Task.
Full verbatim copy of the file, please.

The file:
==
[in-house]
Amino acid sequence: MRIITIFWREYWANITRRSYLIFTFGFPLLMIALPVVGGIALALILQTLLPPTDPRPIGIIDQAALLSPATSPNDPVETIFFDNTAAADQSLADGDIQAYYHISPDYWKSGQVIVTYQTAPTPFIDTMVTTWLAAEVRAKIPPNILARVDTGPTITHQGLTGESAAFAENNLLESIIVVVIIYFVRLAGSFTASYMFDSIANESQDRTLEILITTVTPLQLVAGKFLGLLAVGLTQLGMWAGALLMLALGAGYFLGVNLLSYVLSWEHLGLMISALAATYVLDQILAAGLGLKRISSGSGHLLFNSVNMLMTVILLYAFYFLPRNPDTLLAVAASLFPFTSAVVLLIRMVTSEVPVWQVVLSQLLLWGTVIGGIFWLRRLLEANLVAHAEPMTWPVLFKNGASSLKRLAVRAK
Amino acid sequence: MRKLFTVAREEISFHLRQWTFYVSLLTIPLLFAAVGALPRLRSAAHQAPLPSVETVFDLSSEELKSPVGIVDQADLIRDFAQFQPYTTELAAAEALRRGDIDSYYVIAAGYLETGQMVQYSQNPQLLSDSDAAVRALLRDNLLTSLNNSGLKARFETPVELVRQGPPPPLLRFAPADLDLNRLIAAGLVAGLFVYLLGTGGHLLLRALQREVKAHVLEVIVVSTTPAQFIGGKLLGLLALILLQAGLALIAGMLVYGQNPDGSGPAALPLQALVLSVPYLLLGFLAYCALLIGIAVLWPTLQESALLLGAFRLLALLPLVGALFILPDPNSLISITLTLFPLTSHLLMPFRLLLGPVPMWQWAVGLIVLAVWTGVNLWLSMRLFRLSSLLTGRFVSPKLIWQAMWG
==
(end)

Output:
[in-house]
Amino acid sequence: MRIITIFWREYWANITRRSYLIFTFGFPLLMIALPVVGGIALALILQTLLPPTDPRPIGIIDQAALLSPATSPNDPVETIFFDNTAAADQSLADGDIQAYYHISPDYWKSGQVIVTYQTAPTPFIDTMVTTWLAAEVRAKIPPNILARVDTGPTITHQGLTGESAAFAENNLLESIIVVVIIYFVRLAGSFTASYMFDSIANESQDRTLEILITTVTPLQLVAGKFLGLLAVGLTQLGMWAGALLMLALGAGYFLGVNLLSYVLSWEHLGLMISALAATYVLDQILAAGLGLKRISSGSGHLLFNSVNMLMTVILLYAFYFLPRNPDTLLAVAASLFPFTSAVVLLIRMVTSEVPVWQVVLSQLLLWGTVIGGIFWLRRLLEANLVAHAEPMTWPVLFKNGASSLKRLAVRAK
Amino acid sequence: MRKLFTVAREEISFHLRQWTFYVSLLTIPLLFAAVGALPRLRSAAHQAPLPSVETVFDLSSEELKSPVGIVDQADLIRDFAQFQPYTTELAAAEALRRGDIDSYYVIAAGYLETGQMVQYSQNPQLLSDSDAAVRALLRDNLLTSLNNSGLKARFETPVELVRQGPPPPLLRFAPADLDLNRLIAAGLVAGLFVYLLGTGGHLLLRALQREVKAHVLEVIVVSTTPAQFIGGKLLGLLALILLQAGLALIAGMLVYGQNPDGSGPAALPLQALVLSVPYLLLGFLAYCALLIGIAVLWPTLQESALLLGAFRLLALLPLVGALFILPDPNSLISITLTLFPLTSHLLMPFRLLLGPVPMWQWAVGLIVLAVWTGVNLWLSMRLFRLSSLLTGRFVSPKLIWQAMWG